In May 2019, the hemp industry experienced a pricing crash like never seen before. Over the course of 45 days, the average cost of CBD dropped 30%. There are also indicators that CBD, especially isolate, prices will continue to decrease.
At the beginning of May 2019, the cost of a single kilo of CBD isolate was $6000 a kilo. This dropped to an average price of $5000 / kilo. Spot prices for kilos from smaller labs continues to drop into the $4000’s and upper $3000’s. This price fluctuation impacts farmers, processors and product manufacturers, but in different ways. What is driving this price drop? As a CBD buyer, how do you take advantage of this opportunity? Should you lock in prices? As a processor or farmer, how do you navigate the plummeting prices? How low can it go?
What is Driving this Price Drop?
There are two factors driving prices down, supply and demand. The supply of CBD available to the market is growing steadily. New businesses are entering the market, and existing extractors scale up their operation. For the first time in CBD, there is a clear surplus of CBD material, including CBD Isolate. In fact the largest extractors are sitting on thousands of kilos in inventory. Extraction businesses are all growing, and they have a need for cash. They have to sell material to continue to build market share.
This is where a vicious cycle begins. Extractors sell CBD Isolate below market price to pay their bills, and the market price drops. Now, extractors must sell more material for the same amount of profit. To drive more sales they drop the price, and the cycle repeats. There is another consideration. The fear that any CBD extraction material left in inventory, loses value at harvest. We know that the 2019 hemp harvest will be worth less per pound than the 2018 harvest.
The most overlooked factor impacting price is that demand for CBD has fallen. On May 15th, a leading merchant service provider, Elavon, stopped processing credit cards for the CBD industry. There was an immediate ripple effect, as 50% of all B2C CBD sales occur online. Product manufacturers lost their ability to process transactions, and online sales stopped. The industry is still searching for an easy, permanent payment processing solution.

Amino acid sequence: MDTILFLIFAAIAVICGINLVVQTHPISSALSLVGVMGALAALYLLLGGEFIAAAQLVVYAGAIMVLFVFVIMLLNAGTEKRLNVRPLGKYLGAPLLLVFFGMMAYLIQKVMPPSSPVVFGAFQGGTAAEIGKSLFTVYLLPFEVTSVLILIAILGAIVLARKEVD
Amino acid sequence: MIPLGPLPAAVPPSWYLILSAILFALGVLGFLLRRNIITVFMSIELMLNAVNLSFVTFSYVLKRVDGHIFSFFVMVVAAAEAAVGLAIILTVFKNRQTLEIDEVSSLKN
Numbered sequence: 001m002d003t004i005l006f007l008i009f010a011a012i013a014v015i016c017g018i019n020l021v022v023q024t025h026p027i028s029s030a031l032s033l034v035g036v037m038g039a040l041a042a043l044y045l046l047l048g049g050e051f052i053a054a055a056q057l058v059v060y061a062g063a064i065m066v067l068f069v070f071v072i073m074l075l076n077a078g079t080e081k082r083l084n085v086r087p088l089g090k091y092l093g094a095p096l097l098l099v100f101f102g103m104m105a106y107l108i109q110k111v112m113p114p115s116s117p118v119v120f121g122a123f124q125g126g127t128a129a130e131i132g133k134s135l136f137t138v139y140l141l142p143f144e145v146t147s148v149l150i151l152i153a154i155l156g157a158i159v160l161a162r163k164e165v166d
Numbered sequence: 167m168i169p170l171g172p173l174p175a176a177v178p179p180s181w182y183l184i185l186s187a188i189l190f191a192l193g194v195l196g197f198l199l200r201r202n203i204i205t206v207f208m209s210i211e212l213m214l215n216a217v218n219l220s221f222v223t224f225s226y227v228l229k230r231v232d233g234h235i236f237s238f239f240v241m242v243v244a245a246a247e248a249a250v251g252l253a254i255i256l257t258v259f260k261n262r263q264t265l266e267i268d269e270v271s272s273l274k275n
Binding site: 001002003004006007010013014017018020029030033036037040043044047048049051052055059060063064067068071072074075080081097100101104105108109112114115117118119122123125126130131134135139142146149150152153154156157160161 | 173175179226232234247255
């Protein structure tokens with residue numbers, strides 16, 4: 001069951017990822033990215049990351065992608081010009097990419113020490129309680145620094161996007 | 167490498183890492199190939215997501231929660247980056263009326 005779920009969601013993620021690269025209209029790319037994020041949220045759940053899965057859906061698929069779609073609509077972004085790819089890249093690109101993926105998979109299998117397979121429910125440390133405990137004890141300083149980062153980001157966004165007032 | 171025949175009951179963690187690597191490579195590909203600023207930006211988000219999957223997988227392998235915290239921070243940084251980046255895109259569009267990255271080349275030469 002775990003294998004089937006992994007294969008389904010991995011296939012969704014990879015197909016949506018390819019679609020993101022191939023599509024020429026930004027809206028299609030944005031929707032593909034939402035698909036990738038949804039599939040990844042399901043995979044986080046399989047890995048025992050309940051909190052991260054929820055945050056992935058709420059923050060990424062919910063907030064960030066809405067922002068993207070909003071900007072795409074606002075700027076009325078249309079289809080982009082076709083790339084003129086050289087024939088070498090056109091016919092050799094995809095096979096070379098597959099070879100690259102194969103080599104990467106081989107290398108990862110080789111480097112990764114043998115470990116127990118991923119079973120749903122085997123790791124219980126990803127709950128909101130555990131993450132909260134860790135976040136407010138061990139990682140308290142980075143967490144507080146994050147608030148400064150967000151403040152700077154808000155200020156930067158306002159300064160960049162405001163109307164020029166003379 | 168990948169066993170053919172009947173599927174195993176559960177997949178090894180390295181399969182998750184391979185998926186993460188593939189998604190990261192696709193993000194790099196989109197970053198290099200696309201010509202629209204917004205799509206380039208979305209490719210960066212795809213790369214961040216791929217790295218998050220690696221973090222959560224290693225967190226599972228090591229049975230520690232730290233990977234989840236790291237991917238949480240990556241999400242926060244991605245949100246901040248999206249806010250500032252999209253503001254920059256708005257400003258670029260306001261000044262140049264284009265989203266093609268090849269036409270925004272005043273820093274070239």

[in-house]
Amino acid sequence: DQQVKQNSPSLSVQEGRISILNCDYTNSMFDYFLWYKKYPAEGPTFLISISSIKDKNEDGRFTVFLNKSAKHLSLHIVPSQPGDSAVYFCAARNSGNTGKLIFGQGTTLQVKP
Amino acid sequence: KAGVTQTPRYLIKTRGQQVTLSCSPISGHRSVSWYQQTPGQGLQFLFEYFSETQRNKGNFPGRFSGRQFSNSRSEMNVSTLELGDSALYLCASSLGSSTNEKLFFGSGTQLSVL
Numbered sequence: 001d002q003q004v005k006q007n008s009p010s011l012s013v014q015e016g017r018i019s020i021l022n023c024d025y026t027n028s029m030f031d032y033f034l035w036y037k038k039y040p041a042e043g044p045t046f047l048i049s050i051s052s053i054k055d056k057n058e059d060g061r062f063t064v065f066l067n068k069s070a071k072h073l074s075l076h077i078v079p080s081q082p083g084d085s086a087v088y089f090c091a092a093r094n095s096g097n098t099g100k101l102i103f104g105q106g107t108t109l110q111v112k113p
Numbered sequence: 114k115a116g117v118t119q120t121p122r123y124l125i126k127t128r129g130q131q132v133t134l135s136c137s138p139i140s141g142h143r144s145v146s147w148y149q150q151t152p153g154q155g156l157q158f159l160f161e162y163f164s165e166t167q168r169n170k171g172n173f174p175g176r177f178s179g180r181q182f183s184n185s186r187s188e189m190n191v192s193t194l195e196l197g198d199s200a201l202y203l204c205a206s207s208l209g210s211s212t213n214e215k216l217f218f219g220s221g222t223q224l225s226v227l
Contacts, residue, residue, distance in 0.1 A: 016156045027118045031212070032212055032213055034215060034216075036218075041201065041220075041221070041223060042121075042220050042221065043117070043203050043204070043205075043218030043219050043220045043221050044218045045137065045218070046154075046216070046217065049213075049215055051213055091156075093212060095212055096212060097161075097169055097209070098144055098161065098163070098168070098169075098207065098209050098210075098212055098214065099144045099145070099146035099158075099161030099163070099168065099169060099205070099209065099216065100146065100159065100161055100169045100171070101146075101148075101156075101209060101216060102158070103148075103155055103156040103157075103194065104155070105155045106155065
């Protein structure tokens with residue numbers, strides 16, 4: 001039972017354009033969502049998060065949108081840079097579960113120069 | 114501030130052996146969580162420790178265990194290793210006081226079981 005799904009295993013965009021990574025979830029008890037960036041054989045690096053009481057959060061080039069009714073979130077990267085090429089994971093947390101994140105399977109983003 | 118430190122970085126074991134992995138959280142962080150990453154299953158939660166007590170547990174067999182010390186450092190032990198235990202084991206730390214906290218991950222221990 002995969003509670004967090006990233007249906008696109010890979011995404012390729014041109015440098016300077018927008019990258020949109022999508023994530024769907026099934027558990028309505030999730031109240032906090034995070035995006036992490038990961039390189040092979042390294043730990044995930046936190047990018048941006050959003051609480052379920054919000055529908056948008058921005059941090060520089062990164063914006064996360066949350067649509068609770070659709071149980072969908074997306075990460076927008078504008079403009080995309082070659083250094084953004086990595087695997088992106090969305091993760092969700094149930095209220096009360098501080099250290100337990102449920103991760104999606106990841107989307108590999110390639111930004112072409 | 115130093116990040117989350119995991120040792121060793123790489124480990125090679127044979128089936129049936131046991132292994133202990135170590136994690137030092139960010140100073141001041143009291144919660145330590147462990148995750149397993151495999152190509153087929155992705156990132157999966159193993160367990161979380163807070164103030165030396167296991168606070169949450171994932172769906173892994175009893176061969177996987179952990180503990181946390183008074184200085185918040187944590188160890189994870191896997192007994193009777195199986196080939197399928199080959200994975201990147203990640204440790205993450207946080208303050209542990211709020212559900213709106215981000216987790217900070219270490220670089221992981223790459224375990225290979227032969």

How Do You as a Buyer Take Advantage of this Opportunity?
Stay in touch with multiple extractors and create competing demand for your business. You know that the prices are falling, and the extractors know this as well. If you can have two or more processors bid for your business, you will get a better deal.
You can leverage a professional representative to leverage the market on your behalf. The Kush.com supply chain managers combine the buying power of many partners into a large order. This enables our team to secure the best available rate for CBD, every time.
As a CBD Isolate Buyer, Should You Lock in Prices?
Yes, we recommend locking in 30%-40% of your CBD needs from here until November. As prices continue to fall, we get closer to the bottom line where price is non-negotiable. We are close to the pricing bottom based on the cost of processing. Also, locking in price protects your business from a CBD shortage. As a population we consume more CBD than ever. Biomass ran out earlier this year than last year, and we don’t know if the CBD material will last.
As a Processor, How Do You Navigate the Plummeting Prices?
Model your business. Analyze the costs associated with your extraction process. Take into consideration the cost of equipment, staffing, overhead and other factors. Then compare your total cost with buying crude or distillate, and your business focusing on higher level extractions. Make sure to account for the diminishing quality of biomass available in the market. This means more turns of your machine and more labor for the same volume of end product.
How Low Can it Go?
The days of CBD isolate shortages and huge margins may be gone, and never coming back. I believe the bottom of the market is $3000 / kilo of CBD Isolate. This price factors the cost of biomass at $2.50 / % pt / lb, and charging a small fee for processing. This price will occur if sellers become desperate to dump material before the next crop.
When the 2019 harvest hits, and the surplus of hemp biomass arrives, the cost of biomass could drop to as low as $3.50 / lb! Put in perspective, that price is still twice the value of a tobacco crop per acre, and tobacco farmers are ready. If these assumptions are true, the new floor will be $2300 / kilo of CBD.
The price volatility of CBD is indicates that our industry is sensitive to changes in supply and demand. To recap, the gradual increase in the industry total CBD production, mixed with the lack of access to credit card processors resulted in a 30% price drop. This shows that either a decrease in demand or increase in supply can quickly move the market. This is a small precursor to harvest 2019, where total available material will double. I fear the industry has a fierce and unavoidable oversupply problem. There are two potential solutions that will produce wealth and riches. The FDA can provide guidance enabling large brands and retailers to pursue CBD. The USDA opens up Import / Export so high quality, USA grown, hemp extract can ship across the world.
Until then, protect your business and reach out to our team to secure sales for next year’s harvest.
Onwards and Upwards,
Michael Gordon, Co-CEO